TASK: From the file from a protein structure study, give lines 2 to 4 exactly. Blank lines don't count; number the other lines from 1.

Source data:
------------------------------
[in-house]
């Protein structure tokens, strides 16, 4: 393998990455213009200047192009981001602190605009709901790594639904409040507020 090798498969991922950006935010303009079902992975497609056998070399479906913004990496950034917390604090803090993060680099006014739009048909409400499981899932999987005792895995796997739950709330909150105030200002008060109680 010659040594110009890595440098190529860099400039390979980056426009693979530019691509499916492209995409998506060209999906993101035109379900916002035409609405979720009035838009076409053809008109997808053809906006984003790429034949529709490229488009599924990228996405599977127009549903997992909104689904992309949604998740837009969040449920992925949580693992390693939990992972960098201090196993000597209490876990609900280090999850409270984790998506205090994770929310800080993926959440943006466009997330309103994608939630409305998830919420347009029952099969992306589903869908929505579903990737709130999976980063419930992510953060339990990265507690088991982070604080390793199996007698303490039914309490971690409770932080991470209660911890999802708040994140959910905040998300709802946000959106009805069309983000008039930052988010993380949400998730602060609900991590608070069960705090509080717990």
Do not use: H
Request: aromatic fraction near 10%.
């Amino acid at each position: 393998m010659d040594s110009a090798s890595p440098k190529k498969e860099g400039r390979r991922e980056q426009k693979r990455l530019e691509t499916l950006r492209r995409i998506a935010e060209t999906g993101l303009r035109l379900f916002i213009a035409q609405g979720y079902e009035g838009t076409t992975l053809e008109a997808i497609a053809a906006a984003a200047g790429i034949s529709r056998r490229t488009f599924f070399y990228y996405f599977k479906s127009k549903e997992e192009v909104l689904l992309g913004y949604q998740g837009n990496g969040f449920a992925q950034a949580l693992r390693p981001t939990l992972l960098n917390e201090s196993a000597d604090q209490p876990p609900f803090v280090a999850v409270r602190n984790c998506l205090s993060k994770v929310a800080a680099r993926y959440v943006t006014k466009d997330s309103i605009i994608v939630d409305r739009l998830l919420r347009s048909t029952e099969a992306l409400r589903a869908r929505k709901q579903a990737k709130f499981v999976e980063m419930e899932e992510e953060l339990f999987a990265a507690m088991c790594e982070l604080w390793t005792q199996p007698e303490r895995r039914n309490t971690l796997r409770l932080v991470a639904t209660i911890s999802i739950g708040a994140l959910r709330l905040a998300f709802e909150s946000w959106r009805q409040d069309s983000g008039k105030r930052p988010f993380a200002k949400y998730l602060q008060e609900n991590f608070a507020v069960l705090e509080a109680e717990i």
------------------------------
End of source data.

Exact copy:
């Protein structure tokens, strides 16, 4: 393998990455213009200047192009981001602190605009709901790594639904409040507020 090798498969991922950006935010303009079902992975497609056998070399479906913004990496950034917390604090803090993060680099006014739009048909409400499981899932999987005792895995796997739950709330909150105030200002008060109680 010659040594110009890595440098190529860099400039390979980056426009693979530019691509499916492209995409998506060209999906993101035109379900916002035409609405979720009035838009076409053809008109997808053809906006984003790429034949529709490229488009599924990228996405599977127009549903997992909104689904992309949604998740837009969040449920992925949580693992390693939990992972960098201090196993000597209490876990609900280090999850409270984790998506205090994770929310800080993926959440943006466009997330309103994608939630409305998830919420347009029952099969992306589903869908929505579903990737709130999976980063419930992510953060339990990265507690088991982070604080390793199996007698303490039914309490971690409770932080991470209660911890999802708040994140959910905040998300709802946000959106009805069309983000008039930052988010993380949400998730602060609900991590608070069960705090509080717990």
Do not use: H
Request: aromatic fraction near 10%.